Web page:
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Do You Want to be Your Own Boss?

by Keith Thompson

There are nearly 3 million small businesses (up to 100 employees) in Canada; about half those have 5 or less employees. Being your own boss and running your own business may seem appealing, but when you consider most small businesses fail in their first few years, you have to ask yourself if self-employment is right for you?

According to the experts, entrepreneurs (people running their own business) must be persistent, well-organized, confident, risk tolerant, self-reliant and flexible, as well as have a positive outlook and desire to achieve.

If you are considering starting your own business, you need to appreciate the personal time, energy and financial commitments needed to be successful. It is also important to be mindful of some common mistakes such as not doing enough research or failing to understand the market. You need to know the demand for your product/service, the market size, the business environment and the competition. And you need to be confident in your projected sales volumes, estimated expenses, financing and your “Plan B.”

Are all these really important? Let’s look at financing. You need to have sufficient financing in place, no question. However, if you manage to arrange a sizable line of credit, you may feel confident but you may actually be over-financed. While it is reasonable to expect your new business venture to operate at a loss over the first few months, there is a danger that over time you will increasingly rely on your line of credit to cover short-falls, rather than being realistic about and addressing mounting losses. Credit is a powerful tool that can be a huge advantage when used properly, but can sink your business if not managed properly.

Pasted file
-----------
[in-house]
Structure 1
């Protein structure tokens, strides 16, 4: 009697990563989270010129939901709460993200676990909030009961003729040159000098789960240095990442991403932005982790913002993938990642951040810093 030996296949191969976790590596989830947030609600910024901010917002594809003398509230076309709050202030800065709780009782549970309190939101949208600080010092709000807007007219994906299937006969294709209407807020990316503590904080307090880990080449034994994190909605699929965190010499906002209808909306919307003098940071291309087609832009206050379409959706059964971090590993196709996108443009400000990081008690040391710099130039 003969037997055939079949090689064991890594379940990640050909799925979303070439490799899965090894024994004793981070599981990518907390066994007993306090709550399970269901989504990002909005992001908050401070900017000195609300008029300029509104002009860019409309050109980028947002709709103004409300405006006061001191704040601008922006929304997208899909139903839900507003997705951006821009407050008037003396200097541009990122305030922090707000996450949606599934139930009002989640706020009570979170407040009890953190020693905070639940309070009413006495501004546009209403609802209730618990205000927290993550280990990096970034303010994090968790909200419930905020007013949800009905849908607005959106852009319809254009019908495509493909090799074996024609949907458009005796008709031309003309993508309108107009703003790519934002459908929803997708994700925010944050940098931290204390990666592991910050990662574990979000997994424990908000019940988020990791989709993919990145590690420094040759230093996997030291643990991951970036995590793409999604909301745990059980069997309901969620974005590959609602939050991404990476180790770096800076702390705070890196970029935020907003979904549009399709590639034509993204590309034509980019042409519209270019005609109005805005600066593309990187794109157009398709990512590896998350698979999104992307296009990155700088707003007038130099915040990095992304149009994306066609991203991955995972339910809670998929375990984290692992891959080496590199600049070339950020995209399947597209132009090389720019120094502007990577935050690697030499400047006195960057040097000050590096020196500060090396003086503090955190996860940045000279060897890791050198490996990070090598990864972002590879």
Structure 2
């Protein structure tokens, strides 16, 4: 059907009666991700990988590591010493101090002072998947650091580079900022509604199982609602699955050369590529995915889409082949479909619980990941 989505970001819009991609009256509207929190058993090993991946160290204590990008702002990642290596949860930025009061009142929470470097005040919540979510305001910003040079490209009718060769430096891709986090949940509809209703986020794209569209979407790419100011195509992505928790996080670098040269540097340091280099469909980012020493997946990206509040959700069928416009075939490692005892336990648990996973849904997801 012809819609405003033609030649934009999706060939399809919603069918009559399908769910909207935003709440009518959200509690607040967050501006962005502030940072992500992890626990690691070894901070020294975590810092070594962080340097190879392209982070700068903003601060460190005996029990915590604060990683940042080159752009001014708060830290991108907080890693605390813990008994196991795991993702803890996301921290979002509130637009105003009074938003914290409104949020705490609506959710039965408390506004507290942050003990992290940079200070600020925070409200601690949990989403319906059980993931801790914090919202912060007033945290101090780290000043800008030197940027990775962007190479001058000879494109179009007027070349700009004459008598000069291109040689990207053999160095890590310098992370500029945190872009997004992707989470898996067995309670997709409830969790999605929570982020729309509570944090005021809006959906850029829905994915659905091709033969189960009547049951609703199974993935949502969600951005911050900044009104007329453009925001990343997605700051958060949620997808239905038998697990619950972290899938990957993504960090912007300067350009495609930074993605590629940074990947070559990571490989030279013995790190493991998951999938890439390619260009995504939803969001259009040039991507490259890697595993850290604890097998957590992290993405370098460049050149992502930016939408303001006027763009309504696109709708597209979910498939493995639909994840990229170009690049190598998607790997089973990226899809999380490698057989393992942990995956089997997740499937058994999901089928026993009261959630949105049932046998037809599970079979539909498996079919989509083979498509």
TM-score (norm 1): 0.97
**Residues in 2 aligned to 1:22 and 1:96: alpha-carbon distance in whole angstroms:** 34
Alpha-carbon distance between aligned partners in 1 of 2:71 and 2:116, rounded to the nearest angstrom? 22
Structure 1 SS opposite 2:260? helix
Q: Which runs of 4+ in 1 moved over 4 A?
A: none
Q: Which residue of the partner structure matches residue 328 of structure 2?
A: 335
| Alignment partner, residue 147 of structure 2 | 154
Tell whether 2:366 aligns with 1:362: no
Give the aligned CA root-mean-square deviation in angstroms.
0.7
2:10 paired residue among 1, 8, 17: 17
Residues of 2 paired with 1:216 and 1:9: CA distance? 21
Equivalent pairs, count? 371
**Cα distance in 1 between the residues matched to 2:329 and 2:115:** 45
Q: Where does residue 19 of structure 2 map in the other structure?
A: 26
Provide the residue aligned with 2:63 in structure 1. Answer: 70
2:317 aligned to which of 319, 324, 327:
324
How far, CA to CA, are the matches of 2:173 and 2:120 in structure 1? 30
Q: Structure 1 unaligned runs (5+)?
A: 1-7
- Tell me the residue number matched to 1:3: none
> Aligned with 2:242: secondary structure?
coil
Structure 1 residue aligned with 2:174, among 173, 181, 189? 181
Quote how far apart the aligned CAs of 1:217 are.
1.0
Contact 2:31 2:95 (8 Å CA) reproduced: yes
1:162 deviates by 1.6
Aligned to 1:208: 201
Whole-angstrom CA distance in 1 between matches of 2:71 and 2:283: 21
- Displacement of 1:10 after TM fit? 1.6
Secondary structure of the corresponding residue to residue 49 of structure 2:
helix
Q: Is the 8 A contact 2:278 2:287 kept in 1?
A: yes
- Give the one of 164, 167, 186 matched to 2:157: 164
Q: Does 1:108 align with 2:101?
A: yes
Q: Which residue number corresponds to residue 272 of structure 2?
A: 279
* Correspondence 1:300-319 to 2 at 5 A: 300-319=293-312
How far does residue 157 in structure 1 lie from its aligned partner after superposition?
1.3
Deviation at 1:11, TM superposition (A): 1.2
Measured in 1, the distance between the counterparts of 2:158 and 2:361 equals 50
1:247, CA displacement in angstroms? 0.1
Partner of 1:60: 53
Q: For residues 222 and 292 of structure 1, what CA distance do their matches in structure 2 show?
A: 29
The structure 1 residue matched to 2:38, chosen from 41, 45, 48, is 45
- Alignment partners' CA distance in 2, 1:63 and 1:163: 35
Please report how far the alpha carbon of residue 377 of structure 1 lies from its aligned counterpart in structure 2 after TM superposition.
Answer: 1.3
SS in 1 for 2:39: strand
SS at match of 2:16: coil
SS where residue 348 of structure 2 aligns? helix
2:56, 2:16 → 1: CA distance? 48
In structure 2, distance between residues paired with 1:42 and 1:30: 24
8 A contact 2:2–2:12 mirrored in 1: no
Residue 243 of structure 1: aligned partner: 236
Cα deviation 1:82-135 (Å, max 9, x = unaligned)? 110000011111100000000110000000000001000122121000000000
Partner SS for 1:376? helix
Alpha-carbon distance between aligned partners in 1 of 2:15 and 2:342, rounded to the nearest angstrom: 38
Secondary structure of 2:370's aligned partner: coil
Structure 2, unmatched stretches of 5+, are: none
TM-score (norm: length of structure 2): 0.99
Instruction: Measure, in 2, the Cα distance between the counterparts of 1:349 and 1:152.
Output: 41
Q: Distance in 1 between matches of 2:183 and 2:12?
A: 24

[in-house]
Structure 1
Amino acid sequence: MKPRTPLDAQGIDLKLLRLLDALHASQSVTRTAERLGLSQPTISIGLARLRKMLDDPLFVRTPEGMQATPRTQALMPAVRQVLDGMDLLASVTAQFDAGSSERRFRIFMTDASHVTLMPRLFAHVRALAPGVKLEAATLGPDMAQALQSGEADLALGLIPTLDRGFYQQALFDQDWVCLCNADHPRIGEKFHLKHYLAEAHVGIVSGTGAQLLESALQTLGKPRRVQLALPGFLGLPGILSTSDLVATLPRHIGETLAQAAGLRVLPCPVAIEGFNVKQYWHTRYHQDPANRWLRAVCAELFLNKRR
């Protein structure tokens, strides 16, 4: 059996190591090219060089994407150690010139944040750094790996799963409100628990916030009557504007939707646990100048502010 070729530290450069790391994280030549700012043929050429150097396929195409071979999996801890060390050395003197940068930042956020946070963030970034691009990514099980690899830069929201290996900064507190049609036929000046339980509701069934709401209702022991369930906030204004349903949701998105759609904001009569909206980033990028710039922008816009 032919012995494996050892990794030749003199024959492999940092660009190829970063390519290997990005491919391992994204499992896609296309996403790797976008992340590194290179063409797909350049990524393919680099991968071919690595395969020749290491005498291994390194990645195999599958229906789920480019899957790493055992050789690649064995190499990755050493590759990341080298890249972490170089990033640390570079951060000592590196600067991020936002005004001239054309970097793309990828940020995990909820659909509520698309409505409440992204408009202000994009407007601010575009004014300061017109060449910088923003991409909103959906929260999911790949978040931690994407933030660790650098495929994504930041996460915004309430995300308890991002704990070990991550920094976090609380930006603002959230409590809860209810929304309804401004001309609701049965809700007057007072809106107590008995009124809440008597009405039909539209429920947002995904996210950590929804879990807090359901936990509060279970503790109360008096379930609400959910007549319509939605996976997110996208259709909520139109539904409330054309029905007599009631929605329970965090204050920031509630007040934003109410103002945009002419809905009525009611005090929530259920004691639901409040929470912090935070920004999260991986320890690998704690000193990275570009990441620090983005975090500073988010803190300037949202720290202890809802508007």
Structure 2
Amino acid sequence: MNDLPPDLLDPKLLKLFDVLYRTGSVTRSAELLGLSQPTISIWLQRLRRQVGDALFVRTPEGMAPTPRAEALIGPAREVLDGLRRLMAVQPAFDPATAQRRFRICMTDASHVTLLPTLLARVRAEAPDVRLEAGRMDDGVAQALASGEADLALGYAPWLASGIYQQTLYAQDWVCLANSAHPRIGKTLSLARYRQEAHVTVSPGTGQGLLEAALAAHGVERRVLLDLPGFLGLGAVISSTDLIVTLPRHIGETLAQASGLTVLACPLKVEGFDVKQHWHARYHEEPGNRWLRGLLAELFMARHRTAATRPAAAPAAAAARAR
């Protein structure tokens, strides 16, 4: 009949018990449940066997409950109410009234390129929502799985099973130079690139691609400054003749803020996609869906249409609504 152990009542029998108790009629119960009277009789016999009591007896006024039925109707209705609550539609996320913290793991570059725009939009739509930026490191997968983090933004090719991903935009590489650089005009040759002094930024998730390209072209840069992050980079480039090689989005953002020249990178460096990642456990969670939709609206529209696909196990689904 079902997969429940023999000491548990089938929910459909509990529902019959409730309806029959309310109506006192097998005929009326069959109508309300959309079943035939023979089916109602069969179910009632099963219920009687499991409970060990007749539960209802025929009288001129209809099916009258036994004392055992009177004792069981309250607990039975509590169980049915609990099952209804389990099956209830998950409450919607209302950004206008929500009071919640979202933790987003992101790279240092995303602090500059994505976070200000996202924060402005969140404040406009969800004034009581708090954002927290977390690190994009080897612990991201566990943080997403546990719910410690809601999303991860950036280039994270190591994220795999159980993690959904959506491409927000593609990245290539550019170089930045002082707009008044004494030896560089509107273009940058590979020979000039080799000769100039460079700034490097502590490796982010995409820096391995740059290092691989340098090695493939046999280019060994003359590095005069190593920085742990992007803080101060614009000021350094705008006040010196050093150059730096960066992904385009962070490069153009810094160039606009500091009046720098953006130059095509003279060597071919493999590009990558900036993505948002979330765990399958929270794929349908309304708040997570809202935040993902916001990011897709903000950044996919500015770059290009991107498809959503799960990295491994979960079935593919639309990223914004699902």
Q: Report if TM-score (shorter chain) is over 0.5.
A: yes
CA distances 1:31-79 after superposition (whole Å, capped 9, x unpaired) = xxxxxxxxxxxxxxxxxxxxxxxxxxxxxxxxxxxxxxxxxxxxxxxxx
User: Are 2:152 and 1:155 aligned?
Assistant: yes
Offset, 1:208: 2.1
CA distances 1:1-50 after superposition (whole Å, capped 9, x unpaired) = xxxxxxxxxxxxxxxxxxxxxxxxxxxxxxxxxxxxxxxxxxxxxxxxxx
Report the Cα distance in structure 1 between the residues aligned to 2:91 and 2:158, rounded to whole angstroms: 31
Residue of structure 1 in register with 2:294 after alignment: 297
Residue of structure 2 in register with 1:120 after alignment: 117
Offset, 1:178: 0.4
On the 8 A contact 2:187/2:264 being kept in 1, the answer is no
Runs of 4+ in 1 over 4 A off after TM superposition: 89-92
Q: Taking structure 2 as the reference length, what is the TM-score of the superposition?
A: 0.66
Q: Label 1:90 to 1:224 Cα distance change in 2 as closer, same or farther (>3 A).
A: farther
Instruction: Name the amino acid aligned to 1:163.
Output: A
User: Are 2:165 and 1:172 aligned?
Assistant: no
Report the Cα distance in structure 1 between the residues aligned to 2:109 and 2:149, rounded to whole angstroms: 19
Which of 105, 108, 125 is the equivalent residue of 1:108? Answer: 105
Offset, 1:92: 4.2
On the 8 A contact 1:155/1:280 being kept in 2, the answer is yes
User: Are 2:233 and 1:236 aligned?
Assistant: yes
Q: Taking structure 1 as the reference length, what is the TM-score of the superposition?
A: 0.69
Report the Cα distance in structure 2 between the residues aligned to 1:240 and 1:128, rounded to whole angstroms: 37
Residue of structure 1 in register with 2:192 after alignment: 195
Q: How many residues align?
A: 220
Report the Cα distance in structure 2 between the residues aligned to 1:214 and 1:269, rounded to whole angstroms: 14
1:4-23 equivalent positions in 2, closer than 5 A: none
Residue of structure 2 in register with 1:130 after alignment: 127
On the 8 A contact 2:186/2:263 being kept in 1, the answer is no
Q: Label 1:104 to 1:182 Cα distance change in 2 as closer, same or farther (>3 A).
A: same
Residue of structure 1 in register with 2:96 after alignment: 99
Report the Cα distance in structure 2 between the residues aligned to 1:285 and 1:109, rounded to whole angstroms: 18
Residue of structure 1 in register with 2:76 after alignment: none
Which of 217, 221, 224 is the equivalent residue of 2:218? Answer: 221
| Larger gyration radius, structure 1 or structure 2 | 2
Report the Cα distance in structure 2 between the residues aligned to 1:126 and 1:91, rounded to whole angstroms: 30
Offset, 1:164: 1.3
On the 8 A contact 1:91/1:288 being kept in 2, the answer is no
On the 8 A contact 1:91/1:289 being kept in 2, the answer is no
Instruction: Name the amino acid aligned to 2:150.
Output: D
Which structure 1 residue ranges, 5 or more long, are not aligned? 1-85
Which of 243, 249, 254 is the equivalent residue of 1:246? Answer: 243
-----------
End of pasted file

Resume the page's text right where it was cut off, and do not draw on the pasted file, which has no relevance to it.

While many entrepreneurs would rather spend their time providing a product or service to their customers, they must also spend time finding clients, creating marketing material, developing their market, maintaining a steady work flow, dealing with government regulations, and similar. The reality for business startups is that, in most cases, entrepreneurs spend less than half their time in activities which produce immediate cash.

Here are a few extra tips to keep in mind:

  • You are in business to make money, so focus on productive activities.
  • Sell what your customers want to buy – not what you want to sell.
  • Find something that makes your product or service unique and then ensure your prospects and customers appreciate that differentiation from your competition.Use social media to creatively market your business and locate prospects you would never reach by conventional methods.
  • Consider diversifying your prospect marketing efforts as you grow. When you start a business, focus on new customers. As your business grows, you will want to find referral opportunities. And to sustain your business for the long haul, develop products and services that will retain (or generate repeat) customers.

To be a successful entrepreneur, you need a realistic business plan. That plan must be based on thorough research, contain a marketing plan, include a budget and financial support, guide you through the common pitfalls while focusing on your activities, and generally fit with both your business as well as you – the entrepreneur.